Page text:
Meal Preparation

Ok, for starters I don’t believe in “dieting” per say. I mean think about it… If you do the Paleo Challenge, 21 Day Challenge, Low Carb, or any other diet you are restricting your diet and often cutting things completely out of it. This deprivation might work short term, but unless you stick to that diet for the rest of your life you are technically yoyo dieting, am I right? The minute you break the diet you gain the weight back, and sometimes worse! I think this is why Weight Watchers works. Rather than dieting and cutting out foods, they teach people to portion food by counting points. The down side is a lot of people will lose the weight, but they could still be eating junk, just cutting down the caloric intake, which means inside the body- the machine isn’t working to it’s highest efficiency. If you’re athletic, like me, it can hinder results and progress.

If you want to try a diet, go for it. Sometimes I will for a couple weeks to cleanse my body and get back on track, but don’t expect miracles, is what I am saying I guess. Use it as a tool. Take what you learn and combine the diets to make something that works for you for life. So you can eat a slice of pizza or an ice cream cone and not blow up like a balloon.

So that being said, the most important thing whether dieting or making a lifestyle change is meal preparation (meal prep). Who the heck has time for meal prep? The best thing you can do is familiarize yourself with a variety of quick and easy recipes and prep them at the beginning of the week so you can prepare a meal in 10-20 minutes time when it comes time to eat. Once you learn how to balance a meal out, you can do it without even thinking about it. And it won’t require as much time for “meal prep”.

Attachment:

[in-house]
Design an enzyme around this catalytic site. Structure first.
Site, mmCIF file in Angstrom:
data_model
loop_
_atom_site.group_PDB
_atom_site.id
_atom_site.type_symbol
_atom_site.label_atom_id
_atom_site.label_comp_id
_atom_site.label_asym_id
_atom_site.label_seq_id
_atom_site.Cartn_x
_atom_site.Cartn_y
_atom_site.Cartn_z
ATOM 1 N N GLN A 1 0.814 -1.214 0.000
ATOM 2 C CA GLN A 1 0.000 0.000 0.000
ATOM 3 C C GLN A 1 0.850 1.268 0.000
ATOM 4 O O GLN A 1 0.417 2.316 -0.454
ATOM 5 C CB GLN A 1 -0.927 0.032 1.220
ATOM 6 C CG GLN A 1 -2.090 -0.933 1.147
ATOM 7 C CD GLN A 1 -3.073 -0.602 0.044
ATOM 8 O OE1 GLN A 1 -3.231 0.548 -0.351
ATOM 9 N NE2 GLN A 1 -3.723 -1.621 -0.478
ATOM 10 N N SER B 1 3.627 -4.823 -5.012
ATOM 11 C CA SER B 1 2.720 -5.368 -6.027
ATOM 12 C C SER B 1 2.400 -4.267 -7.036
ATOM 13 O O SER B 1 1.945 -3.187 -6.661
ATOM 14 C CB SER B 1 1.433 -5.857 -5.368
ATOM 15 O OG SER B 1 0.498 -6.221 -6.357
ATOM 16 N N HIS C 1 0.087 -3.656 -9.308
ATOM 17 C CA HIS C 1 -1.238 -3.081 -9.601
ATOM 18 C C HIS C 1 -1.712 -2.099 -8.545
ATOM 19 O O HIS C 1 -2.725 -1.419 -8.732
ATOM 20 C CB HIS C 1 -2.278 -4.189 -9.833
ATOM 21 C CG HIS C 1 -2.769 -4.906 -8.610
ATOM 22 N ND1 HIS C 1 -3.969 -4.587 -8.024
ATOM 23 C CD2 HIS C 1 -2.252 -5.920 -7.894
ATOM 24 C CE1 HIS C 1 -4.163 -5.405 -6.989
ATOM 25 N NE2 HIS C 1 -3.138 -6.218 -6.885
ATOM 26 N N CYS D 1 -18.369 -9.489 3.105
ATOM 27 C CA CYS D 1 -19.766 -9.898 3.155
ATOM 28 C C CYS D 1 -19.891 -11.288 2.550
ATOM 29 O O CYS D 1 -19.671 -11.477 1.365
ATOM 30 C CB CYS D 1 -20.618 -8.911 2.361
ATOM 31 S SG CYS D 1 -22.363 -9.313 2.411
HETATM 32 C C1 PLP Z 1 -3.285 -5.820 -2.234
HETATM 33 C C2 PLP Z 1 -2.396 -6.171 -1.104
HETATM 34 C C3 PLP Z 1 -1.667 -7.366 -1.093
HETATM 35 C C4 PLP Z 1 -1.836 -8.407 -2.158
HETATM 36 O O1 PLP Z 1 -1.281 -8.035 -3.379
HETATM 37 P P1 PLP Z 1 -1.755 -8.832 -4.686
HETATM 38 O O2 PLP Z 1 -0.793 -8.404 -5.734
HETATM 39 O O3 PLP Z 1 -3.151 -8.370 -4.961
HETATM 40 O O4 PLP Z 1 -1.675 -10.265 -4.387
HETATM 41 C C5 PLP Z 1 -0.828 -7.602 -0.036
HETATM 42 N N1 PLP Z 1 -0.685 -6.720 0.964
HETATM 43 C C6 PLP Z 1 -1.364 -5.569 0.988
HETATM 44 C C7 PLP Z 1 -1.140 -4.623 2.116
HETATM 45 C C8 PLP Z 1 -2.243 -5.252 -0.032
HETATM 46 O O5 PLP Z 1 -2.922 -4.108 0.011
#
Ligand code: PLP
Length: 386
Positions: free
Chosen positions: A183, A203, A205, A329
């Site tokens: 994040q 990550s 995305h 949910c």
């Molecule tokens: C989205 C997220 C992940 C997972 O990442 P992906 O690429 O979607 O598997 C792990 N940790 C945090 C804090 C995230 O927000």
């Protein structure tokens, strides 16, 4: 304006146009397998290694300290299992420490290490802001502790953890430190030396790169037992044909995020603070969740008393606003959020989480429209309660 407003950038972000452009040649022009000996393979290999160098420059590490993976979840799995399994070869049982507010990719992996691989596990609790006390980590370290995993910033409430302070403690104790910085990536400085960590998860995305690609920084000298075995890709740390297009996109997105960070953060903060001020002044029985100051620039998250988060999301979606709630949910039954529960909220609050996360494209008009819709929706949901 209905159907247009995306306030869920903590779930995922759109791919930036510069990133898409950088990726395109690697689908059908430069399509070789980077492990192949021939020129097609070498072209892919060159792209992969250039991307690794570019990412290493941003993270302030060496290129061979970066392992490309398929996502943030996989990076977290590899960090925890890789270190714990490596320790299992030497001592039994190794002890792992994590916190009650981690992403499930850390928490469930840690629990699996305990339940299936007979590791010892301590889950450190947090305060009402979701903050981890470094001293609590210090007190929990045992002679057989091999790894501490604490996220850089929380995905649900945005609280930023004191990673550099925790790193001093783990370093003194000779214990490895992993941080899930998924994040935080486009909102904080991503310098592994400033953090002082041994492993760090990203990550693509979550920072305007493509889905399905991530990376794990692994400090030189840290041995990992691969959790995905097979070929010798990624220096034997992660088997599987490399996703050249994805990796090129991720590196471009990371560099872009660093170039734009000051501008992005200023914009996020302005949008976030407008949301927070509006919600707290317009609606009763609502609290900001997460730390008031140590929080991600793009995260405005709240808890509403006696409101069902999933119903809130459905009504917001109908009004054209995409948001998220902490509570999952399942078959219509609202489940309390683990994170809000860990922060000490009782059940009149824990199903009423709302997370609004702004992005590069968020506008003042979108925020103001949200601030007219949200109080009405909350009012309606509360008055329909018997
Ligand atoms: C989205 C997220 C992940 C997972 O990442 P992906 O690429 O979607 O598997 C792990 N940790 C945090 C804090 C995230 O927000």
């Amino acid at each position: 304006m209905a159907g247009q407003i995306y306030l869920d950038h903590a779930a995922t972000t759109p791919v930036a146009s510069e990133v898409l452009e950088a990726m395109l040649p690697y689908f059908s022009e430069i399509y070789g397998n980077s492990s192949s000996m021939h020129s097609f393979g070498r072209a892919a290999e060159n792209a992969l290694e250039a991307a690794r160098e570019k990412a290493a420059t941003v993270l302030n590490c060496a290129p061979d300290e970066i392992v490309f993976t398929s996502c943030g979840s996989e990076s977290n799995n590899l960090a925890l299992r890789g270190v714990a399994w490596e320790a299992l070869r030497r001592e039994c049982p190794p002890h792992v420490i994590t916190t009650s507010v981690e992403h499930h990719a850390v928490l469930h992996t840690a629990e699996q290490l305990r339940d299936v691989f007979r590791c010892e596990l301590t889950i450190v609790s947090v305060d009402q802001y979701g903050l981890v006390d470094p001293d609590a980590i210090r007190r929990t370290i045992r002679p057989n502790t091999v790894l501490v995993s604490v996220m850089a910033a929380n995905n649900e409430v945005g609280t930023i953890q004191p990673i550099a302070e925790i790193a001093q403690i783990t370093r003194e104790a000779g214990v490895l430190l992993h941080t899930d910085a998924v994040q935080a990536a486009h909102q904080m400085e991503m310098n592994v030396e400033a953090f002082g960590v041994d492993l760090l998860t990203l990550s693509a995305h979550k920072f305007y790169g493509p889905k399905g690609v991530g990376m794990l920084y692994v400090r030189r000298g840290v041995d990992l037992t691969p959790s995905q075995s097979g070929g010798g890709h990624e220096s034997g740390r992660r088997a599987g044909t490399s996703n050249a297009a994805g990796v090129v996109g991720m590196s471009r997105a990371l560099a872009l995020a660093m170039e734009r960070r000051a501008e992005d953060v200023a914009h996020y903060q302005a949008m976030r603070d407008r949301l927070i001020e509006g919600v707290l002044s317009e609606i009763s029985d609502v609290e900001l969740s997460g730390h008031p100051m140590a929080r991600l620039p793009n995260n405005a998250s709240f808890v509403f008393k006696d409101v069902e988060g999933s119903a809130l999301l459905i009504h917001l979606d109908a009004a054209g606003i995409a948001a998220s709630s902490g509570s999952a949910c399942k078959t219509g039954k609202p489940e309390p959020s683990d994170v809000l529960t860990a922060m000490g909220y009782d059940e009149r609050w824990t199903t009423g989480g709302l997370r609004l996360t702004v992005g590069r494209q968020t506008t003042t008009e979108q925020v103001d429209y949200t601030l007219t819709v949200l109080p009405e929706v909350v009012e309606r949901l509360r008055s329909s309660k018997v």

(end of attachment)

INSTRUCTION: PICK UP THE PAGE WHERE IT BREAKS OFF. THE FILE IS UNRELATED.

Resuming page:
Step One- Pick your meats and go lean! I usually go with whatever is on sale, but try to get a variety of chicken, beef, pork and occasionally a fresh piece of fish. Read the packages. How many calories, cholesterol, fat, saturated fat, protein and sodium does the meat yield? By comparing the cuts you will see how a pork loin differs from a pork chop, or how 93% lean ground beef or 94% lean ground turkey differs from 85% lean ground beef. If I am planning on having fish I don’t buy it until the day of because unless you are buying frozen fish, it’s not really something you want to be reheating (personal opinion anyway). …If you don’t eat meat, obviously this step doesn’t apply to you the same. But you would want to pick your proteins regardless.

Step Two- Decide how to cook the meat, and what you are going to have with it. With any diet, the key is going to be variety. If you eat the same thing 5 days a week, at the same time, your not doing your metabolism any favors. Your body becomes familiar with the pattern and it doesn’t have to work as hard to break down the foods, in essense, it could slow down your metabolism.

Next, my advice to you is to familiarize yourself with vegetables- what is starchy and what is not? Learning your veggies is really a great idea for everyone! It makes balancing a meal so much easier.  If you are having a starchy vegetable, you probably won’t want to have a grain with it (like brown rice).  If you want to have a rice or pasta or legume, you may want to choose less starchy vegetable as a pairing item.  Catching my drift? P.S. Frozen vegetables are great! They are cheap, and sometimes have more nutrients than fresh vegetables because they are frozen at peak ripeness.  If they taste bland, remember you can season them! 🙂 Stay away from canned vegetables if possible, as they carry the least nutrients. Check out the two links below for a list of veggies both starchy & non (as well as more information):